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Biomass energy policies and strategies: Harvesting potential in India and Indonesia

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  • Singh, Rajbeer
  • Setiawan, Andri D.

Abstract

India and Indonesia are privileged with abundant biomass resource potentials, 23 Giga-watt (GW) and 50GW equivalents respectively, yet both countries harvest small proportions, with fundamentally different deployed policies and articulated strategies. In this regard, this paper focuses on analyzing evolution and deployment of different policies and execution of strategies by two countries. It analyzes the effects of the biomass energy policies and executed strategies in India and Indonesia with a holistic approach. Such an approach takes the policy and strategy of the whole biomass energy sector rather than a segmented and separated sector as biofuel, biogas, biodiesel, etc. Furthermore, how they have resulted in different outcomes is also addressed. Our analysis shows that India's biomass energy policy has evolved from incremental to more radical changes, while Indonesia's policy remains incremental. India has also a relatively more unified biomass energy strategy than Indonesia. India has been more focused on technology development and deployment along with strong institutional creation, whereas Indonesia has not been able to create any biomass sector supporting strong institutions. Therefore, in terms of biomass energy utilizations, India has demonstrated better performance than Indonesia.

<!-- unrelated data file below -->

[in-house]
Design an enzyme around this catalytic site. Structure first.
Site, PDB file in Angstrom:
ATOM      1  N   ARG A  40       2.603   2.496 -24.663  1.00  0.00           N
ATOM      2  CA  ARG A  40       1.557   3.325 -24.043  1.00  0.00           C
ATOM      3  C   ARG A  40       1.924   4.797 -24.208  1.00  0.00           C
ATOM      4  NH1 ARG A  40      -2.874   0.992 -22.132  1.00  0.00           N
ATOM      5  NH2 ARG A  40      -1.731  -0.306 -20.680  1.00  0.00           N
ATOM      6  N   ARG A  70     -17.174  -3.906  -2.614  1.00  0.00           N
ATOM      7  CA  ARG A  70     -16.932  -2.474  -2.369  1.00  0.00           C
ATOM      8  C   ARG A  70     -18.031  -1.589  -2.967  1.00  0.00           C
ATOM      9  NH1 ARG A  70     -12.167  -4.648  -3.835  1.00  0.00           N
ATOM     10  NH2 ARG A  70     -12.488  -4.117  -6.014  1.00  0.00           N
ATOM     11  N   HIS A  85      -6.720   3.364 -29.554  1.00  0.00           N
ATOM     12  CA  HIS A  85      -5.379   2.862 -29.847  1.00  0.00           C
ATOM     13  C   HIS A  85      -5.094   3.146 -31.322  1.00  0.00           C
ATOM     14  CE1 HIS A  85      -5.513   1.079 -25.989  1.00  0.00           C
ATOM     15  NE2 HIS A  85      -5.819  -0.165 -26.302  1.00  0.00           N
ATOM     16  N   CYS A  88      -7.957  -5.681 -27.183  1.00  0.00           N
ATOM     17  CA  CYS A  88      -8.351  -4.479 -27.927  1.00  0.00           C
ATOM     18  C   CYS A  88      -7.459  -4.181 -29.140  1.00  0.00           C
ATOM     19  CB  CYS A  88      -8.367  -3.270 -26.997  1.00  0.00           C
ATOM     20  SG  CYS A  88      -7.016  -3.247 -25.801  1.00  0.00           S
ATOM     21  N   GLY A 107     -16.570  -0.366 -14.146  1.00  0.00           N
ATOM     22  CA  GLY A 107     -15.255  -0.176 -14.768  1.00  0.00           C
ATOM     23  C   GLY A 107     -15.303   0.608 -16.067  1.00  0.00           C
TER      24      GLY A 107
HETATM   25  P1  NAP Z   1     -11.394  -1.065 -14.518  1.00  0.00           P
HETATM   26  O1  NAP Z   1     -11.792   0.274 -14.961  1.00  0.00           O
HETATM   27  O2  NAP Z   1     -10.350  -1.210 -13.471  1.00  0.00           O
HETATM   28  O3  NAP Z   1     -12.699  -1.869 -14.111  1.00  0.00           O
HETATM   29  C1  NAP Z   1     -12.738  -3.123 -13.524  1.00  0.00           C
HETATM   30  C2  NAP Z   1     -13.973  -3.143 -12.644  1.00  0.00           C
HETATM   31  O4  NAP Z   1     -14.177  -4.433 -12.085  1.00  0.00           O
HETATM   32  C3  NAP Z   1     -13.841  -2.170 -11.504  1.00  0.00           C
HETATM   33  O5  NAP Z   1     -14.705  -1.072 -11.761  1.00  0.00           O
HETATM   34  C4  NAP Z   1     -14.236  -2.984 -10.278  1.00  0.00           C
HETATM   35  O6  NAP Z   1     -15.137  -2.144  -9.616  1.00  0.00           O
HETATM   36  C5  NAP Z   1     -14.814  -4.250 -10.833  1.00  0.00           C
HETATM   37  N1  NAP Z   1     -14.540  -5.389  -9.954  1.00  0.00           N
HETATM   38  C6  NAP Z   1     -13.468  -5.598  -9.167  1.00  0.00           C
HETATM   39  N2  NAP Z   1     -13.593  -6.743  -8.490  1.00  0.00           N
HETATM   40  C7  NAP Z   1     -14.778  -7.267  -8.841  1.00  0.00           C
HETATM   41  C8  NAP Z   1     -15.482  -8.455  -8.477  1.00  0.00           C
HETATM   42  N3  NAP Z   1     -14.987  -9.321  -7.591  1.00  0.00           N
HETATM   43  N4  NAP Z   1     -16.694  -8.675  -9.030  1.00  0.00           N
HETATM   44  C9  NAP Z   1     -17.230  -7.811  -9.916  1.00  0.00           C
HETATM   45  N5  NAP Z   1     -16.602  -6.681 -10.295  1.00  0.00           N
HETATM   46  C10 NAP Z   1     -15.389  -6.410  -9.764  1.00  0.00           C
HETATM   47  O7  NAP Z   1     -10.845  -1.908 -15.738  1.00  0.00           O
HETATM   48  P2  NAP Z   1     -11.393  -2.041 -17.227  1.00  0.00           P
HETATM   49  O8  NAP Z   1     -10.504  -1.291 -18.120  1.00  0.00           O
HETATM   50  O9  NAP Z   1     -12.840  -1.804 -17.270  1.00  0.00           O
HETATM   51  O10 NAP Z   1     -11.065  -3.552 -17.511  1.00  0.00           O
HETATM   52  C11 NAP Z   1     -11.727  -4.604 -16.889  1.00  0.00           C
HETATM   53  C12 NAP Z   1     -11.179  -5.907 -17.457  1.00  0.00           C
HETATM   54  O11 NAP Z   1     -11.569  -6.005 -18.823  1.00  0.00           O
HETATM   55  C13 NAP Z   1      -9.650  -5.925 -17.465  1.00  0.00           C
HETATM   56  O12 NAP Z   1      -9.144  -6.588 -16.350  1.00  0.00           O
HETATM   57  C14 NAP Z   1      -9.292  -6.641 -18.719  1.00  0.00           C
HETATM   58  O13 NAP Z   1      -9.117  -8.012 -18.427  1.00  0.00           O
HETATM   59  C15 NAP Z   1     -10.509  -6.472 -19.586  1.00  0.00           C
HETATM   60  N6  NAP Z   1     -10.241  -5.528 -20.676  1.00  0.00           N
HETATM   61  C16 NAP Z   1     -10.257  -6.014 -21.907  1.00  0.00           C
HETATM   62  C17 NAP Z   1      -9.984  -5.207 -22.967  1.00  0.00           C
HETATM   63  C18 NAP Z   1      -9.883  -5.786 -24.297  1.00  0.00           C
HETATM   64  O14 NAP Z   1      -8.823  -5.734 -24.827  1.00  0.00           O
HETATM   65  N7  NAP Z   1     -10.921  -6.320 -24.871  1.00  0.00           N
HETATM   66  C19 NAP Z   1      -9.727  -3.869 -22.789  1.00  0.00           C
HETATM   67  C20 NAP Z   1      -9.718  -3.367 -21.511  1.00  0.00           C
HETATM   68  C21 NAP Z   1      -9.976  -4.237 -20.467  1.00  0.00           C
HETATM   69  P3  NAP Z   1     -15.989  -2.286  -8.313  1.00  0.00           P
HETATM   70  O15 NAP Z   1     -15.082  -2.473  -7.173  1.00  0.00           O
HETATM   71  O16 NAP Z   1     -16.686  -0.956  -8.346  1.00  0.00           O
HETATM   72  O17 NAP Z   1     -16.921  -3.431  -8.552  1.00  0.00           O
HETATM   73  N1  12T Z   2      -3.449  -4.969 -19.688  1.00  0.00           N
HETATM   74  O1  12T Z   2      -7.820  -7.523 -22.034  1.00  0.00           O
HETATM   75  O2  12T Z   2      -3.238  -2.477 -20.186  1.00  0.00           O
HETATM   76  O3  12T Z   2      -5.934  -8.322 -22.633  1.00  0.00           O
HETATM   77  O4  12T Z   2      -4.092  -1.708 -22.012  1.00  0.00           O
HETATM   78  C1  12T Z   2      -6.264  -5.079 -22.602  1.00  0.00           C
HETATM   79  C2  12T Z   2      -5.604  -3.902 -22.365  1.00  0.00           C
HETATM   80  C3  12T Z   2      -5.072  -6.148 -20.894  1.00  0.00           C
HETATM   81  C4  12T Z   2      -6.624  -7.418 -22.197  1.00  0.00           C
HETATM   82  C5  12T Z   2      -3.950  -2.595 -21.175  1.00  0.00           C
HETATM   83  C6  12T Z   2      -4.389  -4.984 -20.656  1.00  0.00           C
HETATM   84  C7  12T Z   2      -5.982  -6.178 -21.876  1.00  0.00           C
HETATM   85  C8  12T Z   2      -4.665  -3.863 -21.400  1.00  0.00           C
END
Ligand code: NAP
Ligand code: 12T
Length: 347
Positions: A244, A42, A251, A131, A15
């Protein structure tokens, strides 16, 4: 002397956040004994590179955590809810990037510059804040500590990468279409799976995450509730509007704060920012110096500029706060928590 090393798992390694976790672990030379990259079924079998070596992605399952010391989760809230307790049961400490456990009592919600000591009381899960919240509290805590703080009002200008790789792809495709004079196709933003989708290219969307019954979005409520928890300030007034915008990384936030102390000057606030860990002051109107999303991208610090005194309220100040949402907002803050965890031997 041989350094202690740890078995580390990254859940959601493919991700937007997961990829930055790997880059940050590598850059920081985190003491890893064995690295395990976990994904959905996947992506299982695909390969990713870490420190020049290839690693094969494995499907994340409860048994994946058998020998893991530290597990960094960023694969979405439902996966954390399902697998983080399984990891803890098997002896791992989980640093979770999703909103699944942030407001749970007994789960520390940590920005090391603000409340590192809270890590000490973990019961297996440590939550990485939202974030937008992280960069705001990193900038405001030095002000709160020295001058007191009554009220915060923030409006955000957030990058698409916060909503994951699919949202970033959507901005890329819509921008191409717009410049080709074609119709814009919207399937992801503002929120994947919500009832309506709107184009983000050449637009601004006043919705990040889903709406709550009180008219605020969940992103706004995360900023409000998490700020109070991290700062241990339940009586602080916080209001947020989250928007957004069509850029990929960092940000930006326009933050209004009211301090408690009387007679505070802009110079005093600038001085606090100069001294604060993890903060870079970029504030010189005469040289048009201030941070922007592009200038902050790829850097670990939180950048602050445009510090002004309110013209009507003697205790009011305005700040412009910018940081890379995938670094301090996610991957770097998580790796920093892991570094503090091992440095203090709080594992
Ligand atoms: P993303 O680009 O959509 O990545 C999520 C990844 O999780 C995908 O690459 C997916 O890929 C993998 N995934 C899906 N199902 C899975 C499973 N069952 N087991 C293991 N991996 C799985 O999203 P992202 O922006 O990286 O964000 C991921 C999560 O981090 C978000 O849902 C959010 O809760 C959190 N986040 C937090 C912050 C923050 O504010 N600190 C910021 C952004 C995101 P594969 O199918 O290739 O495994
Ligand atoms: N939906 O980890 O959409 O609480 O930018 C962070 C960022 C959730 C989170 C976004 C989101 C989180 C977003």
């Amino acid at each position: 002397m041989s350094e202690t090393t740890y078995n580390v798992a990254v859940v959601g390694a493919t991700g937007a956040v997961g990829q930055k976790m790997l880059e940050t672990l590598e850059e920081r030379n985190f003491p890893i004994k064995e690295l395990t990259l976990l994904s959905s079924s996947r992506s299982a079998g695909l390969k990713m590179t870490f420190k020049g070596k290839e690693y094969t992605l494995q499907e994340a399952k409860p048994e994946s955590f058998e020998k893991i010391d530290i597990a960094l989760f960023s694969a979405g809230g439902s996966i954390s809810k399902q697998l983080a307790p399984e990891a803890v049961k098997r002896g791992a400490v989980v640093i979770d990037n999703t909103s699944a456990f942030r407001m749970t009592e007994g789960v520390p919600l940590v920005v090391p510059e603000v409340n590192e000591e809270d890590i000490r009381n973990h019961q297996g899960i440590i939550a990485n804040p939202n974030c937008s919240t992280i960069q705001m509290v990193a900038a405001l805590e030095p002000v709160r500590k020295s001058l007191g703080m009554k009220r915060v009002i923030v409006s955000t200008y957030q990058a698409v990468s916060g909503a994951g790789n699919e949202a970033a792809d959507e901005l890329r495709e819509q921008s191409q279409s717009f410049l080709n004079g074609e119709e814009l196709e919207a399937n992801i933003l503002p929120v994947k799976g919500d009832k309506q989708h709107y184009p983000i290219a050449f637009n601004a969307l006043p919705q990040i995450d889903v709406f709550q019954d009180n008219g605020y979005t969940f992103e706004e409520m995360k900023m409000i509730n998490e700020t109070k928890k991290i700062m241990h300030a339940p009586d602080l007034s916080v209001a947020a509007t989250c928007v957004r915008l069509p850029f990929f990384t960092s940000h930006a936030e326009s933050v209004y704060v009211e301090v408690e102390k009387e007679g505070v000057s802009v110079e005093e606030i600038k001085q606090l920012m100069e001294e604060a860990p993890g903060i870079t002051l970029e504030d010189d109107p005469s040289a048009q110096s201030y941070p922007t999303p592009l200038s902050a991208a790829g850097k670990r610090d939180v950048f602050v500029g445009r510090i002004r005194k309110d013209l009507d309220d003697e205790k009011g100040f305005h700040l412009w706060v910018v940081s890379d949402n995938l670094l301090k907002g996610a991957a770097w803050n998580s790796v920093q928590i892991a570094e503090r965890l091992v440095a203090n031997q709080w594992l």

Suggested Citation

  • Singh, Rajbeer & Setiawan, Andri D., 2013. "Biomass energy policies and strategies: Harvesting potential in India and Indonesia," Renewable and Sustainable Energy Reviews, Elsevier, vol. 22(C), pages 332-345.
  • Handle: RePEc:eee:rensus:v:22:y:2013:i:c:p:332-345
    DOI: 10.1016/j.rser.2013.01.043
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    References listed on IDEAS

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    Cited by:

    1. Shafie, S.M., 2016. "A review on paddy residue based power generation: Energy, environment and economic perspective," Renewable and Sustainable Energy Reviews, Elsevier, vol. 59(C), pages 1089-1100.
    2. Setiawan, Andri D. & Cuppen, Eefje, 2013. "Stakeholder perspectives on carbon capture and storage in Indonesia," Energy Policy, Elsevier, vol. 61(C), pages 1188-1199.
    3. Hosseini, Seyed Ehsan & Wahid, Mazlan Abdul, 2014. "Utilization of palm solid residue as a source of renewable and sustainable energy in Malaysia," Renewable and Sustainable Energy Reviews, Elsevier, vol. 40(C), pages 621-632.
    4. repec:eee:rensus:v:79:y:2017:i:c:p:1285-1302 is not listed on IDEAS
    5. repec:eee:rensus:v:81:y:2018:i:p2:p:2783-2795 is not listed on IDEAS
    6. Raheem, Abdur & Hassan, Mohammad Yusri & Shakoor, Rabia, 2016. "Bioenergy from anaerobic digestion in Pakistan: Potential, development and prospects," Renewable and Sustainable Energy Reviews, Elsevier, vol. 59(C), pages 264-275.
    7. Colenbrander, Sarah & Gouldson, Andy & Sudmant, Andrew Heshedahl & Papargyropoulou, Effie, 2015. "The economic case for low-carbon development in rapidly growing developing world cities: A case study of Palembang, Indonesia," Energy Policy, Elsevier, vol. 80(C), pages 24-35.
    8. Khatiwada, Dilip & Silveira, Semida, 2017. "Scenarios for bioethanol production in Indonesia: How can we meet mandatory blending targets?," Energy, Elsevier, vol. 119(C), pages 351-361.

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